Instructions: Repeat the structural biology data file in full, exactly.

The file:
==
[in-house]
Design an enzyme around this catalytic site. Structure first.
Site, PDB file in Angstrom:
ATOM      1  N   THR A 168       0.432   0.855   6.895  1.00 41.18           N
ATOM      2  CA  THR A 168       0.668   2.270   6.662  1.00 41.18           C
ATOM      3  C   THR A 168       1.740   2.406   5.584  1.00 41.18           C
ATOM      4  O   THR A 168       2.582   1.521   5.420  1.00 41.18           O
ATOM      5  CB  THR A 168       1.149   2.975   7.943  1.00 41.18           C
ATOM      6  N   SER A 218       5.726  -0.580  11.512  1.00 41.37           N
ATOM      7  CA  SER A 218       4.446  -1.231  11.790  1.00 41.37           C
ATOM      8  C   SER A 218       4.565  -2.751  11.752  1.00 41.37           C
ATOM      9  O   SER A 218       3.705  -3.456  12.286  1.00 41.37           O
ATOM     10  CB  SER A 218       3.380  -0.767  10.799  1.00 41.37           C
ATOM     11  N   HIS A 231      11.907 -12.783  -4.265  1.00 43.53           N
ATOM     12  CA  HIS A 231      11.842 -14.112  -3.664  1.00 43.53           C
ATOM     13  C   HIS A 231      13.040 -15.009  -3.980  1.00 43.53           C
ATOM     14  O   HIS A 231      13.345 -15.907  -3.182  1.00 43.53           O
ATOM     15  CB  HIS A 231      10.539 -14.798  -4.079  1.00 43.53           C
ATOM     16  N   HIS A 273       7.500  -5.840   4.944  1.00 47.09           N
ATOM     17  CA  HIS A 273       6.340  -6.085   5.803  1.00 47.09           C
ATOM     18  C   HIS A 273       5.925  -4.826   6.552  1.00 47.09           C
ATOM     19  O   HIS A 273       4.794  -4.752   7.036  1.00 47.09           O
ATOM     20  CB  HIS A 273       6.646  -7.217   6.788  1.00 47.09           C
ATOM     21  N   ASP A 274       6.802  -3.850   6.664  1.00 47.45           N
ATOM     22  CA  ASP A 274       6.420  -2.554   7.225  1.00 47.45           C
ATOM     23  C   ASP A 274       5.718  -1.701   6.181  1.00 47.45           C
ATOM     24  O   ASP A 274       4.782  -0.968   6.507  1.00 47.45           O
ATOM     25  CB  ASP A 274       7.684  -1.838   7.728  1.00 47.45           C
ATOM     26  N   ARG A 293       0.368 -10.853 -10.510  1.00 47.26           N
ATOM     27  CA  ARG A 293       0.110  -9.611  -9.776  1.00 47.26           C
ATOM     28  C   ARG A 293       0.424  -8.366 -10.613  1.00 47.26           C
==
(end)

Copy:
[in-house]
Design an enzyme around this catalytic site. Structure first.
Site, PDB file in Angstrom:
ATOM      1  N   THR A 168       0.432   0.855   6.895  1.00 41.18           N
ATOM      2  CA  THR A 168       0.668   2.270   6.662  1.00 41.18           C
ATOM      3  C   THR A 168       1.740   2.406   5.584  1.00 41.18           C
ATOM      4  O   THR A 168       2.582   1.521   5.420  1.00 41.18           O
ATOM      5  CB  THR A 168       1.149   2.975   7.943  1.00 41.18           C
ATOM      6  N   SER A 218       5.726  -0.580  11.512  1.00 41.37           N
ATOM      7  CA  SER A 218       4.446  -1.231  11.790  1.00 41.37           C
ATOM      8  C   SER A 218       4.565  -2.751  11.752  1.00 41.37           C
ATOM      9  O   SER A 218       3.705  -3.456  12.286  1.00 41.37           O
ATOM     10  CB  SER A 218       3.380  -0.767  10.799  1.00 41.37           C
ATOM     11  N   HIS A 231      11.907 -12.783  -4.265  1.00 43.53           N
ATOM     12  CA  HIS A 231      11.842 -14.112  -3.664  1.00 43.53           C
ATOM     13  C   HIS A 231      13.040 -15.009  -3.980  1.00 43.53           C
ATOM     14  O   HIS A 231      13.345 -15.907  -3.182  1.00 43.53           O
ATOM     15  CB  HIS A 231      10.539 -14.798  -4.079  1.00 43.53           C
ATOM     16  N   HIS A 273       7.500  -5.840   4.944  1.00 47.09           N
ATOM     17  CA  HIS A 273       6.340  -6.085   5.803  1.00 47.09           C
ATOM     18  C   HIS A 273       5.925  -4.826   6.552  1.00 47.09           C
ATOM     19  O   HIS A 273       4.794  -4.752   7.036  1.00 47.09           O
ATOM     20  CB  HIS A 273       6.646  -7.217   6.788  1.00 47.09           C
ATOM     21  N   ASP A 274       6.802  -3.850   6.664  1.00 47.45           N
ATOM     22  CA  ASP A 274       6.420  -2.554   7.225  1.00 47.45           C
ATOM     23  C   ASP A 274       5.718  -1.701   6.181  1.00 47.45           C
ATOM     24  O   ASP A 274       4.782  -0.968   6.507  1.00 47.45           O
ATOM     25  CB  ASP A 274       7.684  -1.838   7.728  1.00 47.45           C
ATOM     26  N   ARG A 293       0.368 -10.853 -10.510  1.00 47.26           N
ATOM     27  CA  ARG A 293       0.110  -9.611  -9.776  1.00 47.26           C
ATOM     28  C   ARG A 293       0.424  -8.366 -10.613  1.00 47.26           C